‘Stay home, Save Lives’ just isn’t working for some people – including our prime minister. In a bid to make sure we all know which caped hero has come to the rescue with the vaccine, Boris Johnson today visited the Al-Hikmah Centre in Batley, one of the vaccine hubs recently opened in Yorkshire.
There is some irony already in this. The success of the vaccination roll out is down to the tight operation and networks of those professionals on the ground and little to do with central control. The prime minister could, of course, more rightly lay claim to the failure of test and trace and the world-beating death rates from the virus. But not on this occasion.
Hugh Gouldbourne, chair of Kirklees Diversity Innovation Network, said of the visit “I am really pleased that the prime minister has been in Batley today to support the incredible council-led roll out of the vaccine across Kirklees. It’s been remarkable to see the work that local people at the Al-Hikmah and other community centres have been doing in recent times. I hope that this visit has shown Boris Johnson that we are stronger together in the fight to protect our communities against this pandemic”.
Johnson’s visit comes hot off the heels of his controversial trip to Scotland last Thursday, when First Minister Nicola Sturgeon suggested he was unwelcome as his visit was non-essential. But in terms of rallying the Tories performance in Scotland, it may have been regarded as vital. The visit came just five days after polls suggested a further increase in support for independence for Scotland. MP Tommy Sheppard (SNP) wasted no time in telling the Commons:
“This gallivanting is a blatant piece of electioneering while most are focused on fighting covid. But the real tragedy is that his actions will undermine the public health message which we all need to succeed.”
No doubt Johnson, feeling the wind in his sails, is impervious to demands to stay home when he can don some PPE kit and flash his blond locks in front of the local media. A trip to Batley though is an interesting choice. It lies within the local authority area of Kirklees, which ranks mid-table in infection rates in the Yorkshire region with 235.8 cases per 100,000 people.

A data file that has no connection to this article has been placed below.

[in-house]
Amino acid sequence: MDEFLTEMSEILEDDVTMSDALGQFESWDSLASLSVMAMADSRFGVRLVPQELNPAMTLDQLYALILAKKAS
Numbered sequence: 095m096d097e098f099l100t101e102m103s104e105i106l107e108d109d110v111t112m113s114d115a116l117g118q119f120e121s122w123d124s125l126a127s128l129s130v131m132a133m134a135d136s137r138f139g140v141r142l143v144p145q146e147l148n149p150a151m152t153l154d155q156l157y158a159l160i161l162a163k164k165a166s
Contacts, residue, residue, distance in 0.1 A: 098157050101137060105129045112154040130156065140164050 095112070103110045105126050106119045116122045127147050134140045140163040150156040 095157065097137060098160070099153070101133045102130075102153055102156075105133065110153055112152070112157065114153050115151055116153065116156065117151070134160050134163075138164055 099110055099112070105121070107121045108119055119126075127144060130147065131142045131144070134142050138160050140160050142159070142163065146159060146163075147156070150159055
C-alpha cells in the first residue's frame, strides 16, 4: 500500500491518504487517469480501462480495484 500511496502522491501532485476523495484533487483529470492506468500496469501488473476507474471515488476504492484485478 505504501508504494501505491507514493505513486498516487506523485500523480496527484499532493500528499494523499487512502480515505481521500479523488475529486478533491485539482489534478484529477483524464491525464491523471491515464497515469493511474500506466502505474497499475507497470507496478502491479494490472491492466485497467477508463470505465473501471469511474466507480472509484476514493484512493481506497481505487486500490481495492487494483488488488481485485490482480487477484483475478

It is also part of West Yorkshire, which will be electing its first city region mayor in May. The contest, likely to be tight between Labour and the Tories, is taking place in the heart of the red wall seats battleground. If Labour are successful, it will create a by-election, as the Labour candidate happens to be sitting MP Tracy Brabin, MP for Batley and Spen. Suddenly the surprise visit begins to be no surprise at all.
Electioneering or not, Johnson has been keen to make hay whilst the vaccination rate sun shines. Yet, despite the good news of vaccine uptake of over nine million people – with all residents of care homes having been offered their first dose of the vaccine – there are still many gaps.
According to The Guardian today, some of the largest care home providers are claiming that many of their staff have not yet received a covid vaccine, with some claiming the figure is as low as just 20 percent. The largest operator of not-for-profit care homes, MHA, reported that 40 percent of its staff had not received their first jab and Barchester, a 15,000 beds operation, said about 30 percent of staff still needed the jab.
Care home providers also expect a battle with the government over the timing of the second jab. At a meeting at the weekend, officials were urged to accelerate the timetable for its delivery, from 11 or 12 weeks after the first jab to three or four weeks, as was originally planned. But either way, Downing Street has indicated there will be no change to the rules on care home visits, until there’s a plan for changing other lockdown rules.
The prime minister used his time in Batley to float the prospect of summer holidays for us all, promising more details about the way ahead would emerge on 22 February.
“I don’t want to give too much concrete by way of dates for our summer holidays. I am optimistic – I understand the reasons for being optimistic – but some things have got to go right”, reported the BBC during the visit.
There’s a lot for the prime minister to get right before any elections in May and the current good news has to be tempered by increased frustration over extended lockdown, schools closed and an eye-watering death rate. Electioneering or not, it will be interesting to see exactly what the good people of Batley remember this prime minister for when they come to make a choice at the ballot box. Like Trump, Johnson may feel happiest on the stump but there is a lot still that could stump him.